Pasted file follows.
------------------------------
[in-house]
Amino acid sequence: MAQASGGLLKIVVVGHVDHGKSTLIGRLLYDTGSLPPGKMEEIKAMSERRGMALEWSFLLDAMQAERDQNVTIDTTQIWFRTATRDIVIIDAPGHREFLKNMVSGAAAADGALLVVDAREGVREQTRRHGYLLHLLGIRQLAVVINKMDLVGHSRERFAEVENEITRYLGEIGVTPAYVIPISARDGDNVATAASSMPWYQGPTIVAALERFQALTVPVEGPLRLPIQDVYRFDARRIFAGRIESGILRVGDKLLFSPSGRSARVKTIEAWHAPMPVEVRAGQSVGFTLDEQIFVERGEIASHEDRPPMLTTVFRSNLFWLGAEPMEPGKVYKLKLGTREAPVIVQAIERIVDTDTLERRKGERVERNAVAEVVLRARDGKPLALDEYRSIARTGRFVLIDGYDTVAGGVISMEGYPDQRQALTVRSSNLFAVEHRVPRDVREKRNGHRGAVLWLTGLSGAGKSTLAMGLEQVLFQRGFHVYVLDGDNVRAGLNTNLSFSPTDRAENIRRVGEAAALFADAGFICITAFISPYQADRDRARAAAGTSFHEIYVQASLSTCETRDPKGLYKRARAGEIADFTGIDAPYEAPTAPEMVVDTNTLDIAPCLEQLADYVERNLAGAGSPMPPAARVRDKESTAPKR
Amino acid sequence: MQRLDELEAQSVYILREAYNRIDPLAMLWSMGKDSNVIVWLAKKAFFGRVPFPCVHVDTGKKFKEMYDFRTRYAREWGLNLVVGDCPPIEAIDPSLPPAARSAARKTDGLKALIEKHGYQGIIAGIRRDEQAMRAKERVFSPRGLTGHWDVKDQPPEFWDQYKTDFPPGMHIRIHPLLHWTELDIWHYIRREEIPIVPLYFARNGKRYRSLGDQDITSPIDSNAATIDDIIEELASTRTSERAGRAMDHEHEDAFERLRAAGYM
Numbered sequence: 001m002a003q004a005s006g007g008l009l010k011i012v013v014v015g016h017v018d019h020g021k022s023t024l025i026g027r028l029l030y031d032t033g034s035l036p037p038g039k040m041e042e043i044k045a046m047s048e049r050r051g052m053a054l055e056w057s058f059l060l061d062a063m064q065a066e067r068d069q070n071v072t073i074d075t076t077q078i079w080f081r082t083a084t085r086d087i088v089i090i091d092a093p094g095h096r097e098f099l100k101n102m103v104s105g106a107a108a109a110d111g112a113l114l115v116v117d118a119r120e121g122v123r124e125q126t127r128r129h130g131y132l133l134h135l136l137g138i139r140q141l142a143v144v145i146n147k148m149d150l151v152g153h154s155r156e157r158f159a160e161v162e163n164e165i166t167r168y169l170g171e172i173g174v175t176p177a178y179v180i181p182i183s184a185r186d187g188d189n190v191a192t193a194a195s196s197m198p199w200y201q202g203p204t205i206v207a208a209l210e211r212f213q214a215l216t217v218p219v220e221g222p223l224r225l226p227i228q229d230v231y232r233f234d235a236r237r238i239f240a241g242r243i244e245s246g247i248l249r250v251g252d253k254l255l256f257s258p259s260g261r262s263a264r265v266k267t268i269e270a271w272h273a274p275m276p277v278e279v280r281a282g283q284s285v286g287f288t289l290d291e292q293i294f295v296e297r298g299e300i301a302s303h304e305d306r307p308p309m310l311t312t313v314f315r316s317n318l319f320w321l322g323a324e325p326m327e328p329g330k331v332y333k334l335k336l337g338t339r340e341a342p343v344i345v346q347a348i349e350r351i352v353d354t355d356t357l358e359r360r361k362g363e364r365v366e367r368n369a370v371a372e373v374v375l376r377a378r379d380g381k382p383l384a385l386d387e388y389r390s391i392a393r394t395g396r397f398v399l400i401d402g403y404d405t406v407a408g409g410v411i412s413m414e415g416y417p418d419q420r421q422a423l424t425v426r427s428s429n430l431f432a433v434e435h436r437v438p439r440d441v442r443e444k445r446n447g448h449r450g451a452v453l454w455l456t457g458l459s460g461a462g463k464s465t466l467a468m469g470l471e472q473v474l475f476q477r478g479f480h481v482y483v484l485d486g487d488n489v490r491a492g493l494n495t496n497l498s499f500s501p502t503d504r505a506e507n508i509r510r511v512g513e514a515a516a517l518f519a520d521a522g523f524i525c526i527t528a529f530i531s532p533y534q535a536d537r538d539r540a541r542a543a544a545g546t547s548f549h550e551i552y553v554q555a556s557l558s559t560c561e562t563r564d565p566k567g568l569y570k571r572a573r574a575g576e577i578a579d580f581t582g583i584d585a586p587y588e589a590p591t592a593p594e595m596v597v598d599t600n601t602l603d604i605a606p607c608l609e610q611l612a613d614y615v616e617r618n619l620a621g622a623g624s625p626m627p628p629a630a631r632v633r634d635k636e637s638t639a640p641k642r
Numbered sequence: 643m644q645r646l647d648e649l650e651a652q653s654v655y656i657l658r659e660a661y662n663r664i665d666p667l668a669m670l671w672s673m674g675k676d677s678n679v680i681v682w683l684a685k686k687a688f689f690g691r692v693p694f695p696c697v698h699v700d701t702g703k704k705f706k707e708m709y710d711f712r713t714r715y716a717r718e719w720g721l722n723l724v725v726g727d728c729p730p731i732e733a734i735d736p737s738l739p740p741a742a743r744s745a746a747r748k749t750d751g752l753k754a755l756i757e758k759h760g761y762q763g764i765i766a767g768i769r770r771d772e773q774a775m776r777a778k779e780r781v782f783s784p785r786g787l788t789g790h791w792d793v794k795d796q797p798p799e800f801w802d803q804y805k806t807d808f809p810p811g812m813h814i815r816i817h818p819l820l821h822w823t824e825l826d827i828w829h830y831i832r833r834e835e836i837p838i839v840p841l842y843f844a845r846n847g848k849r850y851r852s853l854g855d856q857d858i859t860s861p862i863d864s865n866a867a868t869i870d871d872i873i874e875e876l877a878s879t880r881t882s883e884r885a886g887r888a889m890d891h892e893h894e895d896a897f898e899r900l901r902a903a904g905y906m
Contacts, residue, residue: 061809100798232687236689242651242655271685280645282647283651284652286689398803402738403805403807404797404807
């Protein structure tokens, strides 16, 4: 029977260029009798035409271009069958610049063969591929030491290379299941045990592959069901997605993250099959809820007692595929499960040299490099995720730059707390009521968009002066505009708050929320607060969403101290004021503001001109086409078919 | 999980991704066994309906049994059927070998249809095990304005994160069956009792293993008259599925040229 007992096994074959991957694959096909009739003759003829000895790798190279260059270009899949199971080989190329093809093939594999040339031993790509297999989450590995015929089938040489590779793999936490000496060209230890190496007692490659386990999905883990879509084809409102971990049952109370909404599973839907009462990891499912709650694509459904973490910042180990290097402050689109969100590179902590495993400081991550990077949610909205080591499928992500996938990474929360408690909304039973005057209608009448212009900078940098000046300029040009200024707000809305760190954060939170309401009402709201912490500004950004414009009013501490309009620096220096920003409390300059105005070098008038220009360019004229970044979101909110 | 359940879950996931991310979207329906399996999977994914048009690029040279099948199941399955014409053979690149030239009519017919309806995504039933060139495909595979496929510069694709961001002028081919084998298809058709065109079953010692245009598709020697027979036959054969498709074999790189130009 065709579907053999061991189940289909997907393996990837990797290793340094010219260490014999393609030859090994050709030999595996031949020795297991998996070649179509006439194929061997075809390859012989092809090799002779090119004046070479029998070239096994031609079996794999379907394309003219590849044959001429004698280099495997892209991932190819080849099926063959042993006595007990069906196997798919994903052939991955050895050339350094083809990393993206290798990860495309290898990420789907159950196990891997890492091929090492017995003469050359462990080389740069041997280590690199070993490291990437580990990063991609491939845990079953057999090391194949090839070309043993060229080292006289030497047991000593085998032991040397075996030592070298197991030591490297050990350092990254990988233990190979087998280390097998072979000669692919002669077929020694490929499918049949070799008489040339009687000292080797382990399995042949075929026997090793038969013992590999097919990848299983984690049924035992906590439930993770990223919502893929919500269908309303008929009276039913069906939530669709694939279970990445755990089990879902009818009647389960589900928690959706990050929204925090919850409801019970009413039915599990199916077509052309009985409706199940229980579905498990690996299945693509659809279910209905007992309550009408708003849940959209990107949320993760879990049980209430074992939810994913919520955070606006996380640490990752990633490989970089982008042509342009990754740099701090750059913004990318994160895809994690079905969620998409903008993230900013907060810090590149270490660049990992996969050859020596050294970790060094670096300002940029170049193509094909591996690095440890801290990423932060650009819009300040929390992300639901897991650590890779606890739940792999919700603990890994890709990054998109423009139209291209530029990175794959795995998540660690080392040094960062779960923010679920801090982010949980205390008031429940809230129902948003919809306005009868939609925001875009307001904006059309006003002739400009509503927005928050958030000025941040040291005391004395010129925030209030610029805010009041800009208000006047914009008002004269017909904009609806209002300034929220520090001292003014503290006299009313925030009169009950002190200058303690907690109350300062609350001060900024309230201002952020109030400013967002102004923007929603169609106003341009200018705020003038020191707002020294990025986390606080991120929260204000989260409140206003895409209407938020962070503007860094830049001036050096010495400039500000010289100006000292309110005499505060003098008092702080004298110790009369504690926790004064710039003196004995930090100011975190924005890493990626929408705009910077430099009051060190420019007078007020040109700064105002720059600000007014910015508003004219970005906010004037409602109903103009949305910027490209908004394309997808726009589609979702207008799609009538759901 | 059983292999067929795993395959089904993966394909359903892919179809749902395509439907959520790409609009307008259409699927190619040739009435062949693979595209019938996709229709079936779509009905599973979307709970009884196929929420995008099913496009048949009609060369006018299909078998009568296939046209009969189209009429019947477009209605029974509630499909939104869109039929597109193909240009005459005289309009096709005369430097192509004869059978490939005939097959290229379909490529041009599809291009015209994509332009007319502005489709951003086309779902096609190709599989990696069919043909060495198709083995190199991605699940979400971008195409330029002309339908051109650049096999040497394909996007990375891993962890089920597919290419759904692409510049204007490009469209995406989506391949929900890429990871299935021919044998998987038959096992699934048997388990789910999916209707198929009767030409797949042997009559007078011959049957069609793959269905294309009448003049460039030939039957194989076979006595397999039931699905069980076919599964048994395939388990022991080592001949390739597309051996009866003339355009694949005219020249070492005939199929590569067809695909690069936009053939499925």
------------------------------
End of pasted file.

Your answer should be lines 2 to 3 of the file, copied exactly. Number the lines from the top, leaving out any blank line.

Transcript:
Amino acid sequence: MAQASGGLLKIVVVGHVDHGKSTLIGRLLYDTGSLPPGKMEEIKAMSERRGMALEWSFLLDAMQAERDQNVTIDTTQIWFRTATRDIVIIDAPGHREFLKNMVSGAAAADGALLVVDAREGVREQTRRHGYLLHLLGIRQLAVVINKMDLVGHSRERFAEVENEITRYLGEIGVTPAYVIPISARDGDNVATAASSMPWYQGPTIVAALERFQALTVPVEGPLRLPIQDVYRFDARRIFAGRIESGILRVGDKLLFSPSGRSARVKTIEAWHAPMPVEVRAGQSVGFTLDEQIFVERGEIASHEDRPPMLTTVFRSNLFWLGAEPMEPGKVYKLKLGTREAPVIVQAIERIVDTDTLERRKGERVERNAVAEVVLRARDGKPLALDEYRSIARTGRFVLIDGYDTVAGGVISMEGYPDQRQALTVRSSNLFAVEHRVPRDVREKRNGHRGAVLWLTGLSGAGKSTLAMGLEQVLFQRGFHVYVLDGDNVRAGLNTNLSFSPTDRAENIRRVGEAAALFADAGFICITAFISPYQADRDRARAAAGTSFHEIYVQASLSTCETRDPKGLYKRARAGEIADFTGIDAPYEAPTAPEMVVDTNTLDIAPCLEQLADYVERNLAGAGSPMPPAARVRDKESTAPKR
Amino acid sequence: MQRLDELEAQSVYILREAYNRIDPLAMLWSMGKDSNVIVWLAKKAFFGRVPFPCVHVDTGKKFKEMYDFRTRYAREWGLNLVVGDCPPIEAIDPSLPPAARSAARKTDGLKALIEKHGYQGIIAGIRRDEQAMRAKERVFSPRGLTGHWDVKDQPPEFWDQYKTDFPPGMHIRIHPLLHWTELDIWHYIRREEIPIVPLYFARNGKRYRSLGDQDITSPIDSNAATIDDIIEELASTRTSERAGRAMDHEHEDAFERLRAAGYM